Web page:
'Metal Evolution' Maker: 'What We Wanted To Do Was Show Where This Music Came From'

Banger Films' ("Metal: A Headbangers Journey", "Rush: Beyond The Lighted Stage") groundbreaking documentary series "Metal Evolution" premiered on November 11 on VH1 Classic. The latest passion project from Canadian documentarians Sam Dunn and Scot McFadyen, "Metal Evolution" is dedicating each episode of the 11-part series to a specific facet of the heavy metal sound and culture. New episodes of "Metal Evolution" are premiering every Saturday night at 10 p.m. ET/PT on VH1 Classic.

John Semley of The A.V. Club recently conducted an interview with Dunn about "Metal Evolution". An excerpt from the chat follows below.

The A.V. Club: You've done so many in-depth metal documentaries — or anthropological studies on metal, as you tend to frame them. Was there any worry, going into a series like this, that you'd have to dumb it down for people who aren't as familiar with the genre?

Sam Dunn: Scot and I, we really thought we'd get even deeper than before. It seemed that, with the films we made before, there was still an unsatisfied need for metal. A lot of people who saw "Headbanger's Journey" came up to us afterwards and said, "We wish this was eight hours long." So what we're saying now is, "Here's 11 hours." A lot of people really wanted to see that Heavy Metal Family Tree broken apart and analyzed. You'd think that people would be burned out on metal, but it's clearly the opposite. There seems to be this undying appetite for more metal.

The A.V. Club: And what about you guys? Do you feel at all burned out after four films and a documentary series?

Sam Dunn: Yeah, well, for us this was an opportunity to actually talk about the history of metal. "Headbanger's Journey" was really an overview of the culture of metal and the effects of metal as not being just music for [Cro-Magnons] and people who like to smash beer bottles over their heads. What "Metal Evolution" allowed us to do was to dig into the sound of metal and where it came from. At first, we worried about retreading the same ground. Then we kept digging and realized there were all these fascinating links between metal and all other kinds of music we hadn't even thought about before we started.

The A.V. Club: You trace it as far back as classical, and especially Paganini. There are some fans who would say you don't need to connect metal to classical music to legitimize it. Was there any worry about this? Or is the aim to remove your presence as a metal fan and approach metal from this anthropological distance?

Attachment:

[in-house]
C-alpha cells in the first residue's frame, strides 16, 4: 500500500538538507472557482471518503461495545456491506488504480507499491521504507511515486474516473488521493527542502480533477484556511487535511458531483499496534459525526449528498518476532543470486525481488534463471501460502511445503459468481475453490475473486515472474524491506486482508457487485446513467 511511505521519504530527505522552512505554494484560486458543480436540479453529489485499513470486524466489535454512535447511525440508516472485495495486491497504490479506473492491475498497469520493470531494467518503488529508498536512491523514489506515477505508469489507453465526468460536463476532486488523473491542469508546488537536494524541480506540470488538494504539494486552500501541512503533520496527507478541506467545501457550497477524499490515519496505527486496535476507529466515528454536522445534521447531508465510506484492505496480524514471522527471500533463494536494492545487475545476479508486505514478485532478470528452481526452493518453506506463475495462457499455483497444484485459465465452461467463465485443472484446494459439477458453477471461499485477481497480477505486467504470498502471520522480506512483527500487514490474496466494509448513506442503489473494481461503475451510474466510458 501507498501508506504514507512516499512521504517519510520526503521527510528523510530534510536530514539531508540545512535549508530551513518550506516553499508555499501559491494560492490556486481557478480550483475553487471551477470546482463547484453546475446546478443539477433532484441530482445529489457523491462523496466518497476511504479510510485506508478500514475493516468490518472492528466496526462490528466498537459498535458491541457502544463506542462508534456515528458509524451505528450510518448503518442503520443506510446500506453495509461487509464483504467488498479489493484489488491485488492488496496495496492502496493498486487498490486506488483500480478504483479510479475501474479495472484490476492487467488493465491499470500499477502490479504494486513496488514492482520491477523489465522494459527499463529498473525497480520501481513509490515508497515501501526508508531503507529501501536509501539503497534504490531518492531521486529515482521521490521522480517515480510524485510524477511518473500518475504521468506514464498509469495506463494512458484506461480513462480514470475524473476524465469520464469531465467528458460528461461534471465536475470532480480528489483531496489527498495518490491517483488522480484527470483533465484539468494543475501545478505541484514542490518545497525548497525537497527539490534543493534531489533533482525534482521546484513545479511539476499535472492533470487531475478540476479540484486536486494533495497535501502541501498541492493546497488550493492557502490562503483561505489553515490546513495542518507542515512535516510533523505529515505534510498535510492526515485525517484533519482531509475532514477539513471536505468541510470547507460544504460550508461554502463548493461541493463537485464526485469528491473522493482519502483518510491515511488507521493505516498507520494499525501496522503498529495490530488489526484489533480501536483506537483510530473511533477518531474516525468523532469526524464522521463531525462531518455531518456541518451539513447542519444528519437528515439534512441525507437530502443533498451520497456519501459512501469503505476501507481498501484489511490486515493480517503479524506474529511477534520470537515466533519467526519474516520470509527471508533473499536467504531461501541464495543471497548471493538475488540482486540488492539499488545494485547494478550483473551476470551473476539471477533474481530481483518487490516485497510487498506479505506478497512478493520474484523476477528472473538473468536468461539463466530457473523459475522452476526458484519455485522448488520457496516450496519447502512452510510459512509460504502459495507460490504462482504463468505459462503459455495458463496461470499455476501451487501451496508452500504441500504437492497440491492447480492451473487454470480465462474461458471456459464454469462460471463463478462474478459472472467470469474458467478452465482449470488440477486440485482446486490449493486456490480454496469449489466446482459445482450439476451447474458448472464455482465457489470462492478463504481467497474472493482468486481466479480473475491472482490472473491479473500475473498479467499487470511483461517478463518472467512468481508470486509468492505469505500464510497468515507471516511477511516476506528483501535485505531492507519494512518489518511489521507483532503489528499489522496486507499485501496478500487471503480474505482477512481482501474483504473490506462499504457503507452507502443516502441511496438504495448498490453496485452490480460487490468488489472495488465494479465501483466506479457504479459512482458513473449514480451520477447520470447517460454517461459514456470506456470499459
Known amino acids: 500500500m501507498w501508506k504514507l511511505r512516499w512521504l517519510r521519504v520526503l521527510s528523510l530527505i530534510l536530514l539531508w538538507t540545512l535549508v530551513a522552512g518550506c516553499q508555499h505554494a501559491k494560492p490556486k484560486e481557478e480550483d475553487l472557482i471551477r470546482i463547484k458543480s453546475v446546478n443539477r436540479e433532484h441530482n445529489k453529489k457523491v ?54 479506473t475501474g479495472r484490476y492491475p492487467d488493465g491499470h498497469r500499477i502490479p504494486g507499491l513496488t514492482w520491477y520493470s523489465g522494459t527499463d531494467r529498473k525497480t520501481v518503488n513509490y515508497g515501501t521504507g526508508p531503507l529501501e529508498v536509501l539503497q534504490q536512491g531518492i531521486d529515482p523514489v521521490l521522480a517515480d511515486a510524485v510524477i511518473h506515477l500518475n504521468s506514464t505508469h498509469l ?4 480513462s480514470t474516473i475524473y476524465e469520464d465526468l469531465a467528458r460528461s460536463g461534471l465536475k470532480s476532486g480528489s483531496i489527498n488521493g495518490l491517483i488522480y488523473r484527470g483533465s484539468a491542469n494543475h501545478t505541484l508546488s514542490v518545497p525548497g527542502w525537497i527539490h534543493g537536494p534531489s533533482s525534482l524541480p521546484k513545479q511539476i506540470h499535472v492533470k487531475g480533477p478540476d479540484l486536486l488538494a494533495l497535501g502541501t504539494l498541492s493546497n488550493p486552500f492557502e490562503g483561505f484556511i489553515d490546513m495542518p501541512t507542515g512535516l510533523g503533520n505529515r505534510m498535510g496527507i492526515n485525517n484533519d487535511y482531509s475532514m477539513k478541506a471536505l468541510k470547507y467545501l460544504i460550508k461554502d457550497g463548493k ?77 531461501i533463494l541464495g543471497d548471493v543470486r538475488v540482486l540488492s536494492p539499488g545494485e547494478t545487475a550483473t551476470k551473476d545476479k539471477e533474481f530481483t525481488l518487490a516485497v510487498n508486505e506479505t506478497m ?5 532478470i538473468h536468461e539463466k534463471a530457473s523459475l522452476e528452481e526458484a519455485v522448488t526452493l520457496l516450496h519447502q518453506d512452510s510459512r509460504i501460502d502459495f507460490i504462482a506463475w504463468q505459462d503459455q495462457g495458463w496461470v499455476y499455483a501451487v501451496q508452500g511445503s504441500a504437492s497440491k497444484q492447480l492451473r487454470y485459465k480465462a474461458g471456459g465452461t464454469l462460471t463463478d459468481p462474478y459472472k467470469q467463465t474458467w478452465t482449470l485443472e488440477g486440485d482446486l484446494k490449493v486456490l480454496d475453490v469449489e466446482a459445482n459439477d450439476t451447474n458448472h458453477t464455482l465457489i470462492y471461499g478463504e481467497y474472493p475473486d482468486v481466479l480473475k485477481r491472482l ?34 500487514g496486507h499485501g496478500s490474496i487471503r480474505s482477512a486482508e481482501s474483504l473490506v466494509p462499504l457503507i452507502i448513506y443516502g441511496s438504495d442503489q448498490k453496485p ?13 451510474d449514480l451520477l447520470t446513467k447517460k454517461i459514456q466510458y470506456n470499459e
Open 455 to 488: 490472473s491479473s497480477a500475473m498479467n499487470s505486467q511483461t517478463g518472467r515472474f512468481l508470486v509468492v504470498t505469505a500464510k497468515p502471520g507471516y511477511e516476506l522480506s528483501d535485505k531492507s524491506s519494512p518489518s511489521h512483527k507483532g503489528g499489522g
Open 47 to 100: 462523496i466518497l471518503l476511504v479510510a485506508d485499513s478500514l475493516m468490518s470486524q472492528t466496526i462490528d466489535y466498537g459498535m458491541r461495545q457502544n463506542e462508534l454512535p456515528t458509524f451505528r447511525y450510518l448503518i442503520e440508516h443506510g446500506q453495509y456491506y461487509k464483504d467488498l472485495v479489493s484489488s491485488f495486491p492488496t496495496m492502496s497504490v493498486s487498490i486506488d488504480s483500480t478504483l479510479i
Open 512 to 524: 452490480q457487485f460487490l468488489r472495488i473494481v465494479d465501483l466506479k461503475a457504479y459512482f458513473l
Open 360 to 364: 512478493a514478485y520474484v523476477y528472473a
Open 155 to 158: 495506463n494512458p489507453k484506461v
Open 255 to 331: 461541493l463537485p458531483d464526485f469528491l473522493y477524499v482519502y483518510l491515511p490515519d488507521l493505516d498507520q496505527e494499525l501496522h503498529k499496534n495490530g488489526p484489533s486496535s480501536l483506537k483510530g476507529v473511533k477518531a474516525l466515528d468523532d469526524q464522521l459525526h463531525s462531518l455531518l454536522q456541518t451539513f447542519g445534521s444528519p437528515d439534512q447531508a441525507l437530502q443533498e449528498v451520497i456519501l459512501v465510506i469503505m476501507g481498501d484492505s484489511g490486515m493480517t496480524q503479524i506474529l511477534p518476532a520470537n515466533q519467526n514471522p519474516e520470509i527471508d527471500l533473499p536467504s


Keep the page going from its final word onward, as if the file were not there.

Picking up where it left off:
Sam Dunn: What we don't want people to think is that we're connecting metal to jazz and classical and blues because we want to legitimate metal. Metal's already legitimate to us. And metal is already legitimate to a lot of people. What we wanted to do, quite simply, was show where this music came from. We weren't trying to dignify it or impress jazz aficionados by showing that Bill Ward, the drummer from BLACK SABBATH, grew up on the GLENN MILLER ORCHESTRA, or that the MC5 were into Ornette Coleman. That's not the point. What we wanted to show is that there are connections between metal and other kinds of music that surprised us, and hopefully would surprise others as well.

The A.V. Club: It works very well, as in the films, how you treat it as if it's your own journey, and you're very much a part of discovering all these connections. Do you find that putting yourself at the centre helps you lead people down the path a bit?

Sam Dunn: When we set out to do "Headbanger's Journey", Scot and I were setting out to find a way to do a film that wouldn't alienate the metal community, but also wouldn't alienate the general music fan. What we found was that by having me be in front of the camera as a fan of metal, but also as someone who has a background in anthropology and has a real curiosity about this music, was a great way of bringing everyone in. We like to think of it as being a good referee. Referees know when to step in and when to let the game play out. And that's what we try to achieve. And with "Metal Evolution", we found no need to change what we were doing. It worked in "Headbanger's Journey" and "Global Metal", and we figured it would work here as well.

Read the entire interview from The A.V. Club.

"Metal Evolution" trailer:


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